MEXICO – The United States has denied a request by Mexico to jointly conduct scientific research on the health impact of genetically-modified corn, a Mexican government official said, a sign the two sides could be at the blink of a formal trade dispute by 16th August.
Mexico has repeatedly called on the U.S. to work together on scientific studies amid a conflict over the Latin American country’s plans to limit the use of GM corn.
Mexico buys about US$5 billion worth of corn from its trade partner annually, most of which is GM yellow corn used for livestock feed.
The U.S., however, denied this request and made it clear it will not participate in new scientific studies with Mexico, Mexican Deputy Agriculture Minister Victor Suarez said in an interview with Reuters.
The two countries discussed Mexico’s request, including during a visit by U.S. Agriculture Secretary Tom Vilsack, but the U.S. will not oblige, Suarez said.
“They did not want to establish a period in which the two parties agree to carry out impact studies on animal health and human health. Their science is the Word of God. That is not science, that is ideology,” Suarez said at his office on Wednesday.
According to the US, the country fundamentally disagrees with Mexico’s position on biotechnology.
Mexico wants to ban GM corn for human consumption in the food staple tortilla, which is mostly made of white corn, and eventually replace GM yellow corn used for livestock feed, arguing that biotech corn harms native varieties and may have adverse health effects.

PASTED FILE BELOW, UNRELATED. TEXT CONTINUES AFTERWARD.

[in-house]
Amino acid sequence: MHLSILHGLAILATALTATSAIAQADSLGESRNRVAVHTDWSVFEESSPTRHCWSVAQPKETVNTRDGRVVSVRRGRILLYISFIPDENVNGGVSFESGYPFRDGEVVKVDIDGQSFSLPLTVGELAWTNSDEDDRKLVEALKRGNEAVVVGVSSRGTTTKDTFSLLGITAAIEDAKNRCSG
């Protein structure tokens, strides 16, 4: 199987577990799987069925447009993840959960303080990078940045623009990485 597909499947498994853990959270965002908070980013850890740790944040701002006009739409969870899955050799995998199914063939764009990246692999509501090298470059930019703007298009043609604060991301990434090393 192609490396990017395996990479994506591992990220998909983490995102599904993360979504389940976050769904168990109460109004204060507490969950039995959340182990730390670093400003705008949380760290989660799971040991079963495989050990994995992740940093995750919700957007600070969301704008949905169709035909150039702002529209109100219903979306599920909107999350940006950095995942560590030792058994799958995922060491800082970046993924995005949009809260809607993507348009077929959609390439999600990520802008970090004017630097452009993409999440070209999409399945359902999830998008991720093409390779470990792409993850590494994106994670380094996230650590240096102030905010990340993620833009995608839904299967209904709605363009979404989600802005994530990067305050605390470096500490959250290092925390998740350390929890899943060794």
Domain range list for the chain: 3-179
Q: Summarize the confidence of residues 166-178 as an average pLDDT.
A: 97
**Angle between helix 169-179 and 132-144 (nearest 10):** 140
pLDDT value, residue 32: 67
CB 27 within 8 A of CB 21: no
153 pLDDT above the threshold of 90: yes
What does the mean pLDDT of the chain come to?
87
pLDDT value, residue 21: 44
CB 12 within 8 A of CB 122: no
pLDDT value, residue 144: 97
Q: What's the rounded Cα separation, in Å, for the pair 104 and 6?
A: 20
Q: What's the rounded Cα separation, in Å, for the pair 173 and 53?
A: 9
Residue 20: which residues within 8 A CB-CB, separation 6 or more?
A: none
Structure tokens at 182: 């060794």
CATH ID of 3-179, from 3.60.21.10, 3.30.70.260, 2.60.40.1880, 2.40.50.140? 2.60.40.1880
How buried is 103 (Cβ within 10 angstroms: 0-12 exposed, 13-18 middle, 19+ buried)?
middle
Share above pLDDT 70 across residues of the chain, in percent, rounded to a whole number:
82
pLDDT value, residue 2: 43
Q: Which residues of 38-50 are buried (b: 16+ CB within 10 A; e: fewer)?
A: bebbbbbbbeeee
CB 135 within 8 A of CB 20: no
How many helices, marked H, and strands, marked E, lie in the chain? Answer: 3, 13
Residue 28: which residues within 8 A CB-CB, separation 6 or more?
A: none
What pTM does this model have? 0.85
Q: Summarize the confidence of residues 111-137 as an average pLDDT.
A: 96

However, the U.S. has argued that Mexico’s plan is not based on science and will hurt U.S. farmers.
In June, Washington requested a new round of trade dispute settlement consultations with Mexico under the U.S.-Mexico-Canada Agreement (USMCA), which is underway.
If the two sides cannot resolve the conflict within 75 days, which falls on Aug. 16, the U.S. can request a dispute settlement panel to decide the case. Canada also joined the consultations.
Suarez said the U.S. does not have the evidence to support its argument in a panel, but that Mexico would be ready.
“If they establish the panel, we will defend ourselves. And if we defend ourselves, we think we are going to win,” Suarez said, adding that Mexico’s policy has no commercial impact on the United States.
Suarez estimated that between 10% and 15% of foreign corn, purchases could be substituted by domestic production by the end of President Andres Manuel Lopez Obrador’s mandate in 2024.